“But he was something she’d always wanted in her life.”
This is Sarah Lippett’s debut graphic novel, and my goodness, it’s an extremely impressive one. A beautifully gentle slice of family life, framed around the titular Stan and Nan, her grandfather and grandma. But people are people, families are families and this story of Sarah’s family is, in many ways the story of so many of our families, and as such it is very, very easy to become lost in the emotions, empathise with the highs and the lows, because we’ve all experienced similar happenings in our own lives.
The book is split into two halves, her grandfather Stan, and her grandmother Nan, although I should add that division is only really in terms of structure, two main chapters looking at a lifetime though each of them. But this is a loving couple and their own children and their children’s children, so really it’s all intertwined; the two pronged approach is really just giving us a more rounded view of it all as Sarah asks her mother, her Nan and others in her family about her grandfather, Stan, who she never got to know as he died suddenly. It’s a lovely story of a young man, little more than a lad when he had to go out to work to support his family during hard times, his talent for art often put to one side as he worked hard to provide (although he continued to make art his whole life, some even commercially, like designs for the famous Stoke Potteries, many for family; their homes all decorated with some of his work).
And then meeting Sarah’s Nan, his future wife, a young lady whose strict mother wasn’t keen on her seeing boys. And then she meets Stan, who makes her laugh, makes her smile, and she realises that some things in life are more important than your mother’s strict rules. Married only months after starting to date (in the same church that would see many of the rest of their family also married), they settle into their new home, carving out a life together. Nan was an only child, longing to have a large family of her own, and soon she and Stan do just that. In fact as the years go past and Stan works two jobs to make ends meet their family grows rapidly – it’s a home full of life, kids running around playing, many pets, a vibrant, loving home.
Sarah’s art is executed almost like a child’s drawing, deceptively simple, and yet working beautifully – one scene with her Nan showing her some of her grandfather’s art around the house and in a couple of frames she goes from her Nan being wonderfully animated, smiling as she talks about some of her special favourites, then the very next frame the smile gone, a more introspective expression as she adds “I love them all.” And you know just from those expressions Sarah gives her that she’s not talking about just the art, it’s the man who made them, the man she loved, and they aren’t only objects of art, they are reminders all around her home of the life they shared. A life that lead to Sarah’s mum and her aunts, and to her, of course. While the art mostly focuses on the characters, there are also some charming touches – a double-page spread in a sort-of cutaway style showing the bustling departments of the Potteries where Stan works some of his designs, or another cutaway of the family house, teeming with happy, much-loved life.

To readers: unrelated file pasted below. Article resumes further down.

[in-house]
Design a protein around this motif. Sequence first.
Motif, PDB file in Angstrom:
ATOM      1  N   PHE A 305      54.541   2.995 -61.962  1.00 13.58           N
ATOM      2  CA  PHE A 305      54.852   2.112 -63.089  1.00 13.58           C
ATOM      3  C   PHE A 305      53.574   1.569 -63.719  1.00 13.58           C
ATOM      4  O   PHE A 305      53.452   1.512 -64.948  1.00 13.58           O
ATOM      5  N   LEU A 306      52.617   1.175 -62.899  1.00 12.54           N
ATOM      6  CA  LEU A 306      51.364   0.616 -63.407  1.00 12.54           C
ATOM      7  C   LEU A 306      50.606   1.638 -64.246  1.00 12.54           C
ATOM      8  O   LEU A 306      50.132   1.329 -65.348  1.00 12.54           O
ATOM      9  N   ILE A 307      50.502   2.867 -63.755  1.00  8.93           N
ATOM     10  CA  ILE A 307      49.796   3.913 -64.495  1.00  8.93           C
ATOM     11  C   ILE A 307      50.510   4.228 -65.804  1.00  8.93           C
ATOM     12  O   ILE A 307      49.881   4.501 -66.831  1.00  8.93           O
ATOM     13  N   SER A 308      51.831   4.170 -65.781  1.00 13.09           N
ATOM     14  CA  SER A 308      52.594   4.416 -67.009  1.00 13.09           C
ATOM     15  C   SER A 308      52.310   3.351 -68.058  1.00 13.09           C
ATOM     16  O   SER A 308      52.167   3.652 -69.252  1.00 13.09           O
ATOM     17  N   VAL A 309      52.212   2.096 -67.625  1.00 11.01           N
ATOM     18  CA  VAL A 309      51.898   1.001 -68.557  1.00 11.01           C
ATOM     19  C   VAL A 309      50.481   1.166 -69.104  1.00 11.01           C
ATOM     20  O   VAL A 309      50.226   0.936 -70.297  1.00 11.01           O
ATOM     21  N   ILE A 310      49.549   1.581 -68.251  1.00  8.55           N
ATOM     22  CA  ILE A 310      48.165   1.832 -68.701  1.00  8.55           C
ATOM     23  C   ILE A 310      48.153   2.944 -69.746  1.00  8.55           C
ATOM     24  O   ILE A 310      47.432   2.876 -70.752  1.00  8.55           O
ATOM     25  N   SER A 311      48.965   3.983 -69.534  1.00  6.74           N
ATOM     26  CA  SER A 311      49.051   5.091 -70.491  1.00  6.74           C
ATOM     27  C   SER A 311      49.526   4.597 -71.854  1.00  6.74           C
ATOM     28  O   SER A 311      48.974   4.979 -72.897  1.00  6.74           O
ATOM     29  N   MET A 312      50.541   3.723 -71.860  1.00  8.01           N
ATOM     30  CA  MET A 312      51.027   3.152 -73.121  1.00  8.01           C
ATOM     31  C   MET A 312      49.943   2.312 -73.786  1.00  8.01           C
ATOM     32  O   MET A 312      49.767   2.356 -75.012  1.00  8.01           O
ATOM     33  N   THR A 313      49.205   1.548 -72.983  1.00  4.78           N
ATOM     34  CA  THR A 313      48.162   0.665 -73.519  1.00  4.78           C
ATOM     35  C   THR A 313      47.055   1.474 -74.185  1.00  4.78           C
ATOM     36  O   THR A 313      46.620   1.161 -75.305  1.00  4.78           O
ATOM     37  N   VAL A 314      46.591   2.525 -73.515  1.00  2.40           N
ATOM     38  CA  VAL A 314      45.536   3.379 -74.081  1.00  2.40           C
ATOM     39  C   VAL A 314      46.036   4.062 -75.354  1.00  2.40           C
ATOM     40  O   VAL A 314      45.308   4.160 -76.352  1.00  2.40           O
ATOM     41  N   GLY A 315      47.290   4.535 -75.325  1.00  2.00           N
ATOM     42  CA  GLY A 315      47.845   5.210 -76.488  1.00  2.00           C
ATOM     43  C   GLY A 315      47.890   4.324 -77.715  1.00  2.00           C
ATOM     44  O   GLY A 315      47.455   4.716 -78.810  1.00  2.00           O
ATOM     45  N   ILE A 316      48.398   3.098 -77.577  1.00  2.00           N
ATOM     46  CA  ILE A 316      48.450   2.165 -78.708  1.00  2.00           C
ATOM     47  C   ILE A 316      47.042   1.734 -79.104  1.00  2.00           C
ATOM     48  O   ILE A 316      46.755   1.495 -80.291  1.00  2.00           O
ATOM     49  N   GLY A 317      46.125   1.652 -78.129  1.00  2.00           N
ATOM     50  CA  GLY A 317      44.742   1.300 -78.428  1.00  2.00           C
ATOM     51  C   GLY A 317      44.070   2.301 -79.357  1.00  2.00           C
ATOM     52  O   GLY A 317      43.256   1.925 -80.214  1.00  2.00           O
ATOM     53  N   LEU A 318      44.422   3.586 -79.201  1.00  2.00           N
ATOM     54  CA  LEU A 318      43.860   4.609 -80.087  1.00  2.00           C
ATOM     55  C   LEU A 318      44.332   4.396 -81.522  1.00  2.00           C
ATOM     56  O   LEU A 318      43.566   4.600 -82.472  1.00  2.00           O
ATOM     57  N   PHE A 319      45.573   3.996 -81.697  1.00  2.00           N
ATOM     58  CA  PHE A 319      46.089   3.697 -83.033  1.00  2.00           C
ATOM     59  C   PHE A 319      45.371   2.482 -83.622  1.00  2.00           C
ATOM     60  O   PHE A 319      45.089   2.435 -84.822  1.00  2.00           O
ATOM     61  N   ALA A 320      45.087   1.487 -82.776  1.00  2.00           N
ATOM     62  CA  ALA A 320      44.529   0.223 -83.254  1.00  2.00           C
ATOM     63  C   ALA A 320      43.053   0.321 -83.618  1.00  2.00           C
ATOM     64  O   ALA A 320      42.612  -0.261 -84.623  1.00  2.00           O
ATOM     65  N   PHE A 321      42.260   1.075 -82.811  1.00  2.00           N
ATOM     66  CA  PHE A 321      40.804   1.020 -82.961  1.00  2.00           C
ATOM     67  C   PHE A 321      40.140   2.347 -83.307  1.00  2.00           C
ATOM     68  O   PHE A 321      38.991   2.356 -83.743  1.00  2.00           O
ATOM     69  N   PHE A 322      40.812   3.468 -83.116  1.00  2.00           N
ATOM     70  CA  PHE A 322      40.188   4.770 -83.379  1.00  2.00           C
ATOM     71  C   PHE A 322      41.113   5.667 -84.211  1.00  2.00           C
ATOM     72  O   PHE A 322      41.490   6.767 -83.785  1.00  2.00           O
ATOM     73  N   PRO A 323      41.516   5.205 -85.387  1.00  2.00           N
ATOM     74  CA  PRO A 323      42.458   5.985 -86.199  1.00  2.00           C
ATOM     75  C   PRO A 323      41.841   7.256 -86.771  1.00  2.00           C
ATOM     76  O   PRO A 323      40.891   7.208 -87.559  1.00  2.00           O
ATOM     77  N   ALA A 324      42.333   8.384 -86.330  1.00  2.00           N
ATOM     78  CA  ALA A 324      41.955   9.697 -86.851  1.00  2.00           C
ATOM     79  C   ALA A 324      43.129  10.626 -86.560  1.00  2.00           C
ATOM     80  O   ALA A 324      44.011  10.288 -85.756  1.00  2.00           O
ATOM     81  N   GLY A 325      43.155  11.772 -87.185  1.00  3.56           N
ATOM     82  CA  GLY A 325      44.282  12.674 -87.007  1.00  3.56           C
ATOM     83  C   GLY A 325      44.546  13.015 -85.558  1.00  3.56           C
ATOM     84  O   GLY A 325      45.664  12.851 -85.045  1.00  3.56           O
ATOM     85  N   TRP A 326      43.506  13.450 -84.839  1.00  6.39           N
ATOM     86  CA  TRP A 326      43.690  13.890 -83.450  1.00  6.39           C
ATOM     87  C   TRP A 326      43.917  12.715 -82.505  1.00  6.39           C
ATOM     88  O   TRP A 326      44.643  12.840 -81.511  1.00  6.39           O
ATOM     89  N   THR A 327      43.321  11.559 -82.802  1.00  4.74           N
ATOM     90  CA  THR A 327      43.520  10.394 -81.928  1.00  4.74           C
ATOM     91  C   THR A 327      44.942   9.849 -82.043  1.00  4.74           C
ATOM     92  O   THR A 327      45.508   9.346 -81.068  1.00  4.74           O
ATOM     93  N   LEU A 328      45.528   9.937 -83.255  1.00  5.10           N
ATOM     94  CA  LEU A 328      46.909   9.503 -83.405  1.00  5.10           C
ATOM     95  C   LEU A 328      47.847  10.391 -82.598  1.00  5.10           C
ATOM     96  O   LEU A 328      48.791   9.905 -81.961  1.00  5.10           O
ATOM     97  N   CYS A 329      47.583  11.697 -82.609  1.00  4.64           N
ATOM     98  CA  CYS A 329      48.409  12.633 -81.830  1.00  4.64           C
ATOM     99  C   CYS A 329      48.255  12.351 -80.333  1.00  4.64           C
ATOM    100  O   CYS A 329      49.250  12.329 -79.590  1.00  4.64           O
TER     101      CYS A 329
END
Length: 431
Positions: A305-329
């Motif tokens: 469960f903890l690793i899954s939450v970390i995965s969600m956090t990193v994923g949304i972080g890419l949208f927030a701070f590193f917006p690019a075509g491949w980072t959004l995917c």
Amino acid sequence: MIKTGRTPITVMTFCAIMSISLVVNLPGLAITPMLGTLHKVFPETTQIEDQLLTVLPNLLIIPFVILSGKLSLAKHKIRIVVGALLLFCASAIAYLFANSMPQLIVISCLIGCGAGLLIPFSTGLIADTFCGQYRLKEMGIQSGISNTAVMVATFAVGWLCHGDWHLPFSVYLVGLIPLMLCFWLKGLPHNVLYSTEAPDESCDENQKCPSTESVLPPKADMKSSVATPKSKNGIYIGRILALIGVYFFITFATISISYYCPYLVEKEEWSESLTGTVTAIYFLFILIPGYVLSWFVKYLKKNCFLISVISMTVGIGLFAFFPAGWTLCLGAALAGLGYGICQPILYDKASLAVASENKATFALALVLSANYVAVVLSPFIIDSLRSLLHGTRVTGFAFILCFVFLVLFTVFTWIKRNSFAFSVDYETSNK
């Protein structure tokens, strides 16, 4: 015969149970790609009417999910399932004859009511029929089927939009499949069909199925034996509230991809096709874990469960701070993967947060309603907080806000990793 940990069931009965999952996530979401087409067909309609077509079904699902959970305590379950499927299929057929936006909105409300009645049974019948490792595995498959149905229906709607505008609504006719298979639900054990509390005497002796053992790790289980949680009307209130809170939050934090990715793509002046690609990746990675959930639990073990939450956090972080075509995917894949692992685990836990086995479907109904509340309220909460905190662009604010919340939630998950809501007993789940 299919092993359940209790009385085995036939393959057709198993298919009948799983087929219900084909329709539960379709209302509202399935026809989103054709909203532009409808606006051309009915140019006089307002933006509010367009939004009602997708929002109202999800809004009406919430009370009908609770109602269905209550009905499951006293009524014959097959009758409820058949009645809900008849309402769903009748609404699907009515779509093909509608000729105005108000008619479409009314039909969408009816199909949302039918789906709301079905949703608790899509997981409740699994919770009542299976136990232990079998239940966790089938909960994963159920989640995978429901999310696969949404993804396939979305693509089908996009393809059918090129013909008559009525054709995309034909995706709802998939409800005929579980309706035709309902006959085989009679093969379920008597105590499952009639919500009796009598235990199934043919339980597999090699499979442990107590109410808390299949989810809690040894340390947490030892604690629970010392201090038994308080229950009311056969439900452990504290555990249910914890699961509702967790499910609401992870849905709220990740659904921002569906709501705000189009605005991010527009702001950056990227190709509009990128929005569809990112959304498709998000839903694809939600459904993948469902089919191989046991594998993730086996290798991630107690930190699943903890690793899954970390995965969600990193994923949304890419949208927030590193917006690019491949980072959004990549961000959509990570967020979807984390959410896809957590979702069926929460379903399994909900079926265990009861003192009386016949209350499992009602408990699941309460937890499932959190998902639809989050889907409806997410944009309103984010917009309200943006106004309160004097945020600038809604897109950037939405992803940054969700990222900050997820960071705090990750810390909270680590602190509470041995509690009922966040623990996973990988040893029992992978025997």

The second part, focused more on Nan, talks about how hard she found it after Stan’s sudden death, and how it was the arrival of the grandchildren that really made her happy again for the first time since losing him, and also takes us to Nan’s passing as well, and Sarah and her family having to deal with that loss, of knowing she was declining, holding her hand against the inevitable dying of the light. And the funeral, the family gathered, the awful, soul-scarring sorrow balanced by sharing memories of better times. Then as they gather in her home, feeling odd without Nan being there, the hearse arrives and there’s the simple line as one of her aunts sees the casket, “she just can’t be in there…”
It brought my reading to a complete halt for several minutes, hitting far too close to home, and I imagine for most it will be the same, because most of us have had that wretched thought at a funeral, seeing that bloody narrow wooden box and thinking the person I loved, whose hand I held when I was scared, who held me and made everything better, they can’t be inside that, we can’t be going to put them in the cold, dark earth. And we know it isn’t them, it’s just the shell, the person we loved inhabited that shell, and they aren’t in there any longer. But it still feels so horribly wrong, and that one, simple scene had me crying like a child. If it doesn’t make your eyes moist then perhaps you’ve been very fortunate not to lose someone very dear to you yet, but believe me, emotionally Sarah nails this so perfectly.
And that’s where much of the power comes from in Stan and Nan, the emotional and empathic resonance with the reader, because so many of the stories about her family history are the same sort of stories and the same sort of character our own families have. It’s a gorgeously human, emotional story, sad in places but mostly you will remember the better times, and the smiles on the faces of Stan and Nan, and that’s as it should be, because we all encounter sorrow, but it’s the moments smiling with those we love that make it all worthwhile.